Symposium on the Degradation of The Liberian Rainforest
September 24, 2001
The Liberian rainforest, considered as one of the world's last remaining rainforest, has in recent times been subjected to excessive deforestation and pillaging by a plethora of timber and lumber corporations exploiting it. Aside from the environmental concern it has created, it has equally raised political concerns regarding the role timber has played in fueling the crisis in Sierra Leone.
The environmental human rights group, Global Witness, has meticulously documented the important role timber has played in serving as a source of revenue which has been used to purchase arms for the rebel RUF in Sierra Leone. Global Witness is also pushing for timber to be added to the sanctions regime the UN Security Council imposed on Liberia on May 7, 2001, for fostering the war.
But a newly-formed advocacy group, the Liberian Democracy Initiative (LDI), wants to increase public awareness amongst Liberians in the Diaspora, and engage US policy-makers and the Bush Administration in particular, in formulating an effective course of action that would halt the degradation of the environment and the destruction of the Liberian rainforest.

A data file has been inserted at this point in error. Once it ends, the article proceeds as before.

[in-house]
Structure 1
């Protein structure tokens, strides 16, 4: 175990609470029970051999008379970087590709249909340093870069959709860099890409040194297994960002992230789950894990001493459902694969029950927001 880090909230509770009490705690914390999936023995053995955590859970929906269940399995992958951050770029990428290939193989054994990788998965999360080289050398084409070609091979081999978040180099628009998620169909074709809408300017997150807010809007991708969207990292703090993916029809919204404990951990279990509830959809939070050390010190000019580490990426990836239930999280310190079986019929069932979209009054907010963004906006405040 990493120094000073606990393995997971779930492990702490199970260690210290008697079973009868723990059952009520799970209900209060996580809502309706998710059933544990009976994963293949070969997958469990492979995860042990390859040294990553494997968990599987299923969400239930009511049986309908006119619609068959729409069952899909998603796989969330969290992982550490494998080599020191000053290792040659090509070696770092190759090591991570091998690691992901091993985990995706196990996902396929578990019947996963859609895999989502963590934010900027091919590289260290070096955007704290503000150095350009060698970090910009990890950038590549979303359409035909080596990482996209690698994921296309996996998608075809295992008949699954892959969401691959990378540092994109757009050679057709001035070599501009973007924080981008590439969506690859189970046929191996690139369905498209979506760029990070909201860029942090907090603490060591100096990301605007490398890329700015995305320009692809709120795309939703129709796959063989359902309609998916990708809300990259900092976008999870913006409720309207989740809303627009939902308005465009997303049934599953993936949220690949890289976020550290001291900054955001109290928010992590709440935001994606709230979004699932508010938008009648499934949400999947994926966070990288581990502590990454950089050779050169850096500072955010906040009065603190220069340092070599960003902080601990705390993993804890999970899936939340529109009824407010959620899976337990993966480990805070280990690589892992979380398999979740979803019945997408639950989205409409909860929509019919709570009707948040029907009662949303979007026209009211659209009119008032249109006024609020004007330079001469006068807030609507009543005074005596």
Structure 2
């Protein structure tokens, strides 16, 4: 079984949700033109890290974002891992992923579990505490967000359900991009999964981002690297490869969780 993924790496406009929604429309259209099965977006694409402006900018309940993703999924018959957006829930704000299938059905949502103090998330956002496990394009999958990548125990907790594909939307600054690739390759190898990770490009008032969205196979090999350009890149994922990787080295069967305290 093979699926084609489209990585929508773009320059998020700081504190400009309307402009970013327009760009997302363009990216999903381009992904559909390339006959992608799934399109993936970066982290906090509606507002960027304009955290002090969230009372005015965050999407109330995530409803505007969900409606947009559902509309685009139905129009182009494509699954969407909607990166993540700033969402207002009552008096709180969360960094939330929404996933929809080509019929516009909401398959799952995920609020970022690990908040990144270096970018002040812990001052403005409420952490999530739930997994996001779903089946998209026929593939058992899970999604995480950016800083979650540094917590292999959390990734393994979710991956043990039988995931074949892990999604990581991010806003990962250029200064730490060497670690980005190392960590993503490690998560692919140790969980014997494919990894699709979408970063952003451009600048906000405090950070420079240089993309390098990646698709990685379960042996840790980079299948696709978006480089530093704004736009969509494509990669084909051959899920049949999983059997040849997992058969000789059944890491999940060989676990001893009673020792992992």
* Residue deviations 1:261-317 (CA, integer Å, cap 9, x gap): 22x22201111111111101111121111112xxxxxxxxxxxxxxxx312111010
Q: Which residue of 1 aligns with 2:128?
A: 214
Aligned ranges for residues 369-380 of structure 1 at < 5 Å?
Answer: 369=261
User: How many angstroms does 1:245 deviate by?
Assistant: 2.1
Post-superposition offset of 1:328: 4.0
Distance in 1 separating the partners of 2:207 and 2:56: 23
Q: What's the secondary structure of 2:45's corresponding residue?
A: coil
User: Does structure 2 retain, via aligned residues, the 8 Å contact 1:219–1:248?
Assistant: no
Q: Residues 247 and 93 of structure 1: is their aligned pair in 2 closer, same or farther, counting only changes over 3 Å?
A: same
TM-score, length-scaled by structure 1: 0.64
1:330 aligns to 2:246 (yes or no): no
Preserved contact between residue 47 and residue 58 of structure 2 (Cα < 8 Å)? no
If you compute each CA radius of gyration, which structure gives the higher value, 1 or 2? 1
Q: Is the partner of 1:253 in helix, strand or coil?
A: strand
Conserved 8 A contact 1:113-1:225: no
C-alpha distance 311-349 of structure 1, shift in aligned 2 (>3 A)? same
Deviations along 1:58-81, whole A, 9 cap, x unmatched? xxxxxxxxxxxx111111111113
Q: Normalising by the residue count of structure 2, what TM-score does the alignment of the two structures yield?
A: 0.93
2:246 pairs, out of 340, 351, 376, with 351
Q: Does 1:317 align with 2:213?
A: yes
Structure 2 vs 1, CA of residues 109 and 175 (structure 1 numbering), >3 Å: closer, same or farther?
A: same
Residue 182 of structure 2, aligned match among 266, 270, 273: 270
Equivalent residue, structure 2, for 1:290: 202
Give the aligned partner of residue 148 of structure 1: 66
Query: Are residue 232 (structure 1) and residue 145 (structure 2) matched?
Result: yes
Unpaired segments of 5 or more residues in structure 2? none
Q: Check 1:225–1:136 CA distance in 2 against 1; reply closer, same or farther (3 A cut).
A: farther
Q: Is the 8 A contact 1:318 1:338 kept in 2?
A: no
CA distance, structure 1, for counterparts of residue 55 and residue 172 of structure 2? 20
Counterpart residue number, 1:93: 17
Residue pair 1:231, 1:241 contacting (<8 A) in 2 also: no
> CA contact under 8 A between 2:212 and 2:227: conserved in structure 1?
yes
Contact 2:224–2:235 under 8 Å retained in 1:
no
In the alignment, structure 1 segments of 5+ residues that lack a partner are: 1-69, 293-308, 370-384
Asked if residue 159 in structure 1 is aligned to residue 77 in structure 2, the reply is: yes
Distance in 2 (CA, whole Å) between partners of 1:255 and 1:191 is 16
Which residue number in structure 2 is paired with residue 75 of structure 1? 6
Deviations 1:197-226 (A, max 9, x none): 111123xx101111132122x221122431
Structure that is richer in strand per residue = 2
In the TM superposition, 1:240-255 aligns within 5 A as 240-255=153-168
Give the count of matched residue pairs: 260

In pursuit of this, the LDI will sponsor a symposium on Friday, September 28, 2001, in Washington, D.C., on the degradation of the environment and the destruction of the Liberian rainforest. According to a press release issued, "the symposium will discuss all aspects including its history, economics, politics, current conditions and actions to be taken, of the degradation of the environment and destruction of the rainforest." The release adds that the symposium "will further demonstrate to the Liberian people and the world that issues affecting Liberia will continue to demand attention and public actions by both Liberians and the International community."
According to LDI's Executive Director, Mr. Timothy Siklo, the symposium will feature speakers with varied experience and background with knowledge of the Liberian forestry sector. Dr. Charles Woefel, a Liberian environmentalist; Mr. John Woods, former Managing Director of the Forest Development Authority (FDA); Ms. Alice Blondel of Global Witness, among others, are slated to make presentations. The group intends to focus much of its work on the Liberian rainforest for the next two years.